JG: I mean, to this day, it still feels like a dream. From being around all the best players in the game and having them tell me how nervous they were for me, to 50,000 people screaming your name — it can’t get too much better than that. Like I said, it still gives me the chills just thinking about it.

[Laughing] Hopefully I can get back to one pretty soon! That’d be pretty cool. But yeah, it was definitely one of the best experiences of my life and something that I’ll never forget.

SA: In the video footage from that day, you can see a lot of guys — Mike Trout, Torii Hunter — a lot of big name players reacting to your home runs. Did you get a chance to talk to any of those guys while you were out there?

JG: Yeah, actually I talked to a lot of them, and they were messing around with me a little bit — well, Big Papi was messing around with me a lot. But just to be around those guys — you think about it and you think they’re robots or something seeing them on TV all the time, but to actually be up close to them and for them to be genuinely happy for me — that part was definitely cool. They gave me all kinds of pointers that I’ll definitely never forget.

SA: What’s the best piece of advice that you received out there?

JG: Defintely Torii Hunter told me — he kind of pointed to the stands and he told me, ‘All that’s cool and stuff,’ but then he pointed back to the field and said, ‘You see those white lines right there? Everything between those is what you need to work on, what you need to take care of. Make sure you get your work done on the field and play as hard as you can.’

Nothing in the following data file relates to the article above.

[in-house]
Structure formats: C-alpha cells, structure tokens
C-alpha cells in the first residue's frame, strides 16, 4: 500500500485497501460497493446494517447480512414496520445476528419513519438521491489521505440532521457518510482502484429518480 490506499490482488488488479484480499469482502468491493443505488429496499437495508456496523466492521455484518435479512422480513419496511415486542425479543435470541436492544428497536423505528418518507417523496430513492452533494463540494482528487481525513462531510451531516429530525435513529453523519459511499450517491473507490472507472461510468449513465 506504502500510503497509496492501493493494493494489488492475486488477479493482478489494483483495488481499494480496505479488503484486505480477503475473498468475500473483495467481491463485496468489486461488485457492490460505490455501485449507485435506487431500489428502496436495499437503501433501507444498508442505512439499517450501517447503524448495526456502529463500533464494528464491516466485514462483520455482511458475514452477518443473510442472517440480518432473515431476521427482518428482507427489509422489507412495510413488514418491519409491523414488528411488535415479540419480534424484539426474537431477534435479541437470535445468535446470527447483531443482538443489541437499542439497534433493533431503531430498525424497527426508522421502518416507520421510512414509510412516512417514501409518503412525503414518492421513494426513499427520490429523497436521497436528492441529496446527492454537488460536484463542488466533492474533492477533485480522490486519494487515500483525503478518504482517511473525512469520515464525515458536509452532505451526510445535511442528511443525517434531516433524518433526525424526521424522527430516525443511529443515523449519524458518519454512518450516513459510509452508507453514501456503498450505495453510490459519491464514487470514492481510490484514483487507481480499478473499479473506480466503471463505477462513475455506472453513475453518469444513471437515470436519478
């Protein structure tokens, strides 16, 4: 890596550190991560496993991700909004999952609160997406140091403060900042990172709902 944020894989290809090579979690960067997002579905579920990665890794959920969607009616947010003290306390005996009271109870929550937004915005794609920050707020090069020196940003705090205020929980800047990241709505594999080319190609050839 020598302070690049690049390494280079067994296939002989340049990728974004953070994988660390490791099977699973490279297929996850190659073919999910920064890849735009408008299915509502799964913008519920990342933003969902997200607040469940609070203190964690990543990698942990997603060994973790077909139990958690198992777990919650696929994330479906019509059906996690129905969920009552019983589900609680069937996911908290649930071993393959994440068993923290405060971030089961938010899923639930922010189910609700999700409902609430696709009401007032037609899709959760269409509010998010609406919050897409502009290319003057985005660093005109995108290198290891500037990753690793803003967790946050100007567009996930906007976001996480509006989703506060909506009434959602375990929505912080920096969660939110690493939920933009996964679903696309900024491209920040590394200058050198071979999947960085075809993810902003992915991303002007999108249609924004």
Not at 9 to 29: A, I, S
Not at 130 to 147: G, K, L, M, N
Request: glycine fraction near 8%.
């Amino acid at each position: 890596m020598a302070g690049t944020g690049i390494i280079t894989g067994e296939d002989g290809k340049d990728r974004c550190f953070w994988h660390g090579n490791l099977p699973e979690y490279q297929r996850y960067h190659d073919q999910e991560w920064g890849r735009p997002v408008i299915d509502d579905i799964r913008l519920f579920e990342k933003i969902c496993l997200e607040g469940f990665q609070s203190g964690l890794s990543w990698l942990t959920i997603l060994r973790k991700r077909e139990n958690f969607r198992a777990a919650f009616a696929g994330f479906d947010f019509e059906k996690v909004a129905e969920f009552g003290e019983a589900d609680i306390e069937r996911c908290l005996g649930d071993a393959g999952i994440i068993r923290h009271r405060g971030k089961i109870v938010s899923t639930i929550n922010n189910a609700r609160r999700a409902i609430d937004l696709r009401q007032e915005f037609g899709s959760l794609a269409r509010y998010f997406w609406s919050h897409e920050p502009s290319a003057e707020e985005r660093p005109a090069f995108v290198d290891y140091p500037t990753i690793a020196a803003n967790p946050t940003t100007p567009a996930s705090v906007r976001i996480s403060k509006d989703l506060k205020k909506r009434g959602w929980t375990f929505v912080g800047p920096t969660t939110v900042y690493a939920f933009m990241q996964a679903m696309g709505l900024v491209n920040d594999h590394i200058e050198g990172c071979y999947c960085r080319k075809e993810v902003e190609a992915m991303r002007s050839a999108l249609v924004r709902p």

SA: You’re used to being the best player on a team or one of the best players on a team. A certain amount of leadership comes along with that. Do you consider yourself to be a vocal leader or are you more of a “lead by example” and let your play do the talking type of guy?

JG: You know, I think I’m a mixture of both. If I need to say something, I’ll definitely say it, but I try to lead by example as well. I’m lucky to be on a team that has a couple of seniors be there since we were all sophomores. They’ve helped a lot, but I like to try to do a mixture of both.

SA: You’re a central California guy. You didn’t really have any shortage of options for teams to cheer for when you were growing up. Was there one that you followed more closely than the others?

JG: Yeah. Definitely the Dodgers. I’ve been a Dodgers fan since I was little. My dad (1982 Dodgers first-round pick Henry Gatewood) helped me out a little bit with that since he played for them, but I followed the Dodgers for awhile.

SA: Have you had a chance to follow the career of Ryan Cook at all? He came out of your high school in Clovis as well.

JG: Yeah, actually when I first transferred, they heard I was committed to USC and they talked about Ryan Cook. I had no clue he was from Clovis, so when he was doing his thing up there, it was pretty cool to watch him play. He’d come back in the offseason and play catch right on our field, so it was really cool having a big leaguer out there.

Other entries in this year’s series include prep shortstops Michael Chavis and Nick Gordon, Louisville closer Nick Burdi and University of San Francisco center fielder Bradley Zimmer.

Photo courtesy of USA Today Sports Images.